exercise bout; second, to eat a carbohydrate-free
diet for 3 days; third, to deplete the glycogen
stores once more with an exhaustive exercise
bout; and fourth, to consume a high carbohydrate diet for 3 days.
Because of the strenuous nature of this
regimen, many athletes have found it impractical, even though it has been used successfully by
very elite performers. The 3 days of low carbohydrate diet may cause hypoglycaemia, irritability
and chronic fatigue. The two bouts of exhaustive
exercise prior to competition may result in injury,
soreness and fatigue, and prevents a proper taper
before competition. To address this problem,
Sherman et al. (1981) studied three types of
muscle glycogen supercompensation regimens
on six trained runners. Over a 6-day period,
.
the subjects ran at approximately 75% of Vo2max.
for 90 min, 40 min, 40 min, 20 min, 20 min, and
rested, respectively. During each taper, the subjects received one of three dietary treatments:
1 a mixed diet composed of 50% carbohydrate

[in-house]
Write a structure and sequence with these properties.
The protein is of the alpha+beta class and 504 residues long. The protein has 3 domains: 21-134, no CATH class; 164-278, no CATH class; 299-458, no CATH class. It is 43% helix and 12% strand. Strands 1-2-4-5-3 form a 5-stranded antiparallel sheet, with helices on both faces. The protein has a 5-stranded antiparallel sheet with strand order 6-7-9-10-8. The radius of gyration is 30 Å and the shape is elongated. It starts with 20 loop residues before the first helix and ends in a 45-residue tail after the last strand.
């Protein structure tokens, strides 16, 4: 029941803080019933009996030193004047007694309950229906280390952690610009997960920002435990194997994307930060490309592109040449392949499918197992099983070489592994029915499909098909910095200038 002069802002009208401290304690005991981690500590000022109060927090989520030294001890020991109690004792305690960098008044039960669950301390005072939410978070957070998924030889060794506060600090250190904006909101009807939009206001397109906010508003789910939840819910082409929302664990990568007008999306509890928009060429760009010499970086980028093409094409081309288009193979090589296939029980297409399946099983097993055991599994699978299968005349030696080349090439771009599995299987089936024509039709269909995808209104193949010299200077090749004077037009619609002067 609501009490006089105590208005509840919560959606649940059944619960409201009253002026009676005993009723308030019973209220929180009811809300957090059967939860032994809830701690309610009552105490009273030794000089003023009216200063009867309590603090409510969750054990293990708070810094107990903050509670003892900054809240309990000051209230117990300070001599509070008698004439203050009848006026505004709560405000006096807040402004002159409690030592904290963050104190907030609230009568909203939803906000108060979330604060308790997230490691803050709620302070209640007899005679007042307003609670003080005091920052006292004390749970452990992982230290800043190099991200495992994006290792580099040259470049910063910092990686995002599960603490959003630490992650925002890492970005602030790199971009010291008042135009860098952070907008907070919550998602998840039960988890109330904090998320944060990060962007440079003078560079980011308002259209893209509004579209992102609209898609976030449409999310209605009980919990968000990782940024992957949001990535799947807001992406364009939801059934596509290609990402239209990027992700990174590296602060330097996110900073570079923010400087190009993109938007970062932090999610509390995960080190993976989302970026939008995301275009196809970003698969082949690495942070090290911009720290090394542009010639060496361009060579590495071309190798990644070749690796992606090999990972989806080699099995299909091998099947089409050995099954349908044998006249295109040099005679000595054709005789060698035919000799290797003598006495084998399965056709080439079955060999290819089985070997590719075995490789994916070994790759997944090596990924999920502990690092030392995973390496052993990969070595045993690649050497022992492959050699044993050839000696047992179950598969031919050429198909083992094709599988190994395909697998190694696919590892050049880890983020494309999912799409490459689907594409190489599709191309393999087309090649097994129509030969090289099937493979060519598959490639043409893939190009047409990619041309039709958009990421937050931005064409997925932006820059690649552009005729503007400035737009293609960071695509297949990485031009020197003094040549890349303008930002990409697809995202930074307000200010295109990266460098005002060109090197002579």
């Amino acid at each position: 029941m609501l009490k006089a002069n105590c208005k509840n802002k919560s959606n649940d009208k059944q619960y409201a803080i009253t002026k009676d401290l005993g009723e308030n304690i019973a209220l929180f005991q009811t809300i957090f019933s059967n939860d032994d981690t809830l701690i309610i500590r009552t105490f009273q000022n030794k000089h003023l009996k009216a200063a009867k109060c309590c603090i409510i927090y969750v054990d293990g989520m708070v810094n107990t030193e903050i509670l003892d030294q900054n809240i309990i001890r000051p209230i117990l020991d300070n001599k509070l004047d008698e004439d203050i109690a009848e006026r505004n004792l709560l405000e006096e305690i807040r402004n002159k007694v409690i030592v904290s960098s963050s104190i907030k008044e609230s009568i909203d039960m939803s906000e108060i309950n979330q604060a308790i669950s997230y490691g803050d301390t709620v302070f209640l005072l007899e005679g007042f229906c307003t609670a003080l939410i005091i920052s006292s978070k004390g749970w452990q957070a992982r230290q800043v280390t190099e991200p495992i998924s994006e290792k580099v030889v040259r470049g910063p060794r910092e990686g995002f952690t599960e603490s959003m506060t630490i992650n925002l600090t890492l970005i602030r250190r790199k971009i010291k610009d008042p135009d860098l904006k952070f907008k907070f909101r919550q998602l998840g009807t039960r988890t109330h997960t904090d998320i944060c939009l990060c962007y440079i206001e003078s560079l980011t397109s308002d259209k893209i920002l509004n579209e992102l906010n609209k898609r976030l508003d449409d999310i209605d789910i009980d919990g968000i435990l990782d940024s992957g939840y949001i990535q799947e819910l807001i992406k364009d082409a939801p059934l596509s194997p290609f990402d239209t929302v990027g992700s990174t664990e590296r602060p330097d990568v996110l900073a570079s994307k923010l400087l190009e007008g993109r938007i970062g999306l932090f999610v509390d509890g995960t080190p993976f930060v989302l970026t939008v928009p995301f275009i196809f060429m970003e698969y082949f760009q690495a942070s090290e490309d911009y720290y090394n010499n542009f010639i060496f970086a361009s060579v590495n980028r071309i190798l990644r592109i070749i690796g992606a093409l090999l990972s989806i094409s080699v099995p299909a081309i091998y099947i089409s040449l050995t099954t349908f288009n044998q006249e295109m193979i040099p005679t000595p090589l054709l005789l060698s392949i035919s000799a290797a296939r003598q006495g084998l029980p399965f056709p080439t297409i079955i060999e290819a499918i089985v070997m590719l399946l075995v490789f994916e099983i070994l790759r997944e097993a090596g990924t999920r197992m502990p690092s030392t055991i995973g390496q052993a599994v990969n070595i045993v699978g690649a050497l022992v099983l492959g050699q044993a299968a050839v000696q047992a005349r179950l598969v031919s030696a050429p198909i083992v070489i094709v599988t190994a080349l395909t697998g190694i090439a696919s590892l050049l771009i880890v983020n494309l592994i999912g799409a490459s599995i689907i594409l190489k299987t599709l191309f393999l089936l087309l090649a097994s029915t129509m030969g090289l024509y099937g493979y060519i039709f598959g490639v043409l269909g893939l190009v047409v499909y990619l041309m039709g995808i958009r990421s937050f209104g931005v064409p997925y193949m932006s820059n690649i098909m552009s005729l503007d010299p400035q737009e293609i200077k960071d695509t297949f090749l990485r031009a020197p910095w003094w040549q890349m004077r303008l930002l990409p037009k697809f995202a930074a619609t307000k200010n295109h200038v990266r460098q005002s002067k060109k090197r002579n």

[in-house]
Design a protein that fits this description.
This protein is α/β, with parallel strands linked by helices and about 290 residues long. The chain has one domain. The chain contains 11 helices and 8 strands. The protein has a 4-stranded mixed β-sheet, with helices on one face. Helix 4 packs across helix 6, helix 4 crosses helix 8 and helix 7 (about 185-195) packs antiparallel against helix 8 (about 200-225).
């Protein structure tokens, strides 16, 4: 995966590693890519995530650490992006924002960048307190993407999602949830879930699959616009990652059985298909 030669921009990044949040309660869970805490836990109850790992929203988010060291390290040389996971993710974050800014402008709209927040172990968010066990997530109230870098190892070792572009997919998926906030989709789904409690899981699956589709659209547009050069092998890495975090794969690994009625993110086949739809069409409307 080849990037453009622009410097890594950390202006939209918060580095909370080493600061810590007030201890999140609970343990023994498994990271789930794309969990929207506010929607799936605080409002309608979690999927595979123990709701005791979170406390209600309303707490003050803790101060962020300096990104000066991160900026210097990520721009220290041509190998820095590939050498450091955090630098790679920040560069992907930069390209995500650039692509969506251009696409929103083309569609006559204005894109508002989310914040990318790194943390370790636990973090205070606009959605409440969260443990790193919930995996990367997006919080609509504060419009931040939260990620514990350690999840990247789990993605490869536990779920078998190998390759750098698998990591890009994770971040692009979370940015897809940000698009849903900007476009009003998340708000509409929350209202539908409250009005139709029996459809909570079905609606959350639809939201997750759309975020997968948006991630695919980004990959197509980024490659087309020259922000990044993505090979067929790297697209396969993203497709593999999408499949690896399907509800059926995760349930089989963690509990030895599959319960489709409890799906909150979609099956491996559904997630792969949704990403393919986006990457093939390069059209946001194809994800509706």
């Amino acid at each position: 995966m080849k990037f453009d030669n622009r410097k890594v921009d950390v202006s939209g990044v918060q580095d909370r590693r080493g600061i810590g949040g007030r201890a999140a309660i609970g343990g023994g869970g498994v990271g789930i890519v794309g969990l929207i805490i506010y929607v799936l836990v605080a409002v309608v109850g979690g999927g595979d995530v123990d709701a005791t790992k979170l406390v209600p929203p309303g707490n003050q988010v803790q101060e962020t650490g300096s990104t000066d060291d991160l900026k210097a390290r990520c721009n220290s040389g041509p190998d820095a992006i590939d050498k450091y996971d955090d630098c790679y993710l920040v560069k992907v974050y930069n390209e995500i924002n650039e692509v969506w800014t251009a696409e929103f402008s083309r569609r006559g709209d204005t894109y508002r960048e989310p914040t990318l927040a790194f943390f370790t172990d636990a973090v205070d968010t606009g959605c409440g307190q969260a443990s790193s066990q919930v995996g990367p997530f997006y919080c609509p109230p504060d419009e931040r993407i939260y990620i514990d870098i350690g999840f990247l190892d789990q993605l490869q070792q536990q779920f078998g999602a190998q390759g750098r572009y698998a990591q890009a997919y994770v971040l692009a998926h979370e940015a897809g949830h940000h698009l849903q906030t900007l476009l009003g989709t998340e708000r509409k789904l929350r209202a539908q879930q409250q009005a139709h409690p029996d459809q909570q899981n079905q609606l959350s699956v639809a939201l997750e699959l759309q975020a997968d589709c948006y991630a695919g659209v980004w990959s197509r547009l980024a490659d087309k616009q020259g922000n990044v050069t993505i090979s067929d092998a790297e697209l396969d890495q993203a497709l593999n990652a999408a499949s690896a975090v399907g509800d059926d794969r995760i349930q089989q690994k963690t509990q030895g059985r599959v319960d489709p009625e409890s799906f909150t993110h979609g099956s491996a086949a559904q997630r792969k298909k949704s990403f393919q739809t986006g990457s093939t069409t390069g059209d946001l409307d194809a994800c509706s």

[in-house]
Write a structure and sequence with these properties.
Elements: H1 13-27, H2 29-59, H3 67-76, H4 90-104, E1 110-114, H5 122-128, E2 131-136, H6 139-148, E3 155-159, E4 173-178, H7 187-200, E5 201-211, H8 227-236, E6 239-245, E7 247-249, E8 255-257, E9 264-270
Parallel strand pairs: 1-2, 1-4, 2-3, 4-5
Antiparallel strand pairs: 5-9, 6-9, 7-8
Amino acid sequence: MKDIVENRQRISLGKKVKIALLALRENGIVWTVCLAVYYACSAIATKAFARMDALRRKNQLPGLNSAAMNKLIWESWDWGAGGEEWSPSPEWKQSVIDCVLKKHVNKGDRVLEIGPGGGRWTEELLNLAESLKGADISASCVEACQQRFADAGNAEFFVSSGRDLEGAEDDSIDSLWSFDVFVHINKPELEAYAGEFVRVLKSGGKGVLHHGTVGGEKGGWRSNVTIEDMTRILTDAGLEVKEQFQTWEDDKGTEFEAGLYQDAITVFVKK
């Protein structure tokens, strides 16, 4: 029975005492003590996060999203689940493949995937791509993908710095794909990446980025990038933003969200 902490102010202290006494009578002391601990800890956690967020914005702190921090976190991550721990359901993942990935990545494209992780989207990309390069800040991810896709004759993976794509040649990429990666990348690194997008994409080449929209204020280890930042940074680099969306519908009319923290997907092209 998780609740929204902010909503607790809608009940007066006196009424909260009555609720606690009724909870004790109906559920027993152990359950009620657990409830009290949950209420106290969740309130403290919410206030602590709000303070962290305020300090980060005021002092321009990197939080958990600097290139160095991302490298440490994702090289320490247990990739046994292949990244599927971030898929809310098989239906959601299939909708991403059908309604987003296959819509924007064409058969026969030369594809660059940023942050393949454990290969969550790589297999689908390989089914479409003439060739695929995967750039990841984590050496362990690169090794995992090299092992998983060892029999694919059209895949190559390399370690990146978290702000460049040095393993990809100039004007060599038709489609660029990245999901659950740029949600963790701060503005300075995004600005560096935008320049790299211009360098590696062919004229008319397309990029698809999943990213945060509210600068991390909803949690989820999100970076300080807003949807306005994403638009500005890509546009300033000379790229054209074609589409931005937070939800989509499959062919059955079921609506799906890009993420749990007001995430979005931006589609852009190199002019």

(control diet),
2 a low carbohydrate diet (25% carbohydrate)
for the first 3 days and a high carbohydrate diet
(70% carbohydrate) for the last 3 days (classic
diet), and
3 a mixed diet (50% carbohydrate) for the first
3 days and a high carbohydrate diet (70% carbohydrate) the last 3 days (modified diet).
Muscle biopsies were obtained on the morning
of the 4th and 7th days of each trial. During the
101
control treatment, muscle glycogen concentrations of the gastrocnemius were 135 and
163 mmol · g–1 wet weight on days 4 and 7, respectively. During the classic treatment, the corresponding muscle glycogen concentrations were
80 and 210 mmol · g–1 wet weight, and during
the modified treatment they were 135 and
204 mmol · g–1 wet weight (Fig. 7.2). These results
suggest that a normal training taper in conjunction with a moderate carbohydrate–high carbohydrate diet sequence is as effective as the classic
glycogen supercompensation regimen for highly
trained endurance athletes.
Enhancement of glycogen synthesis
after exercise
Long-term recovery
The amount of carbohydrate consumed has a significant effect on the rate of glycogen storage
after exercise. Unless sufficient carbohydrate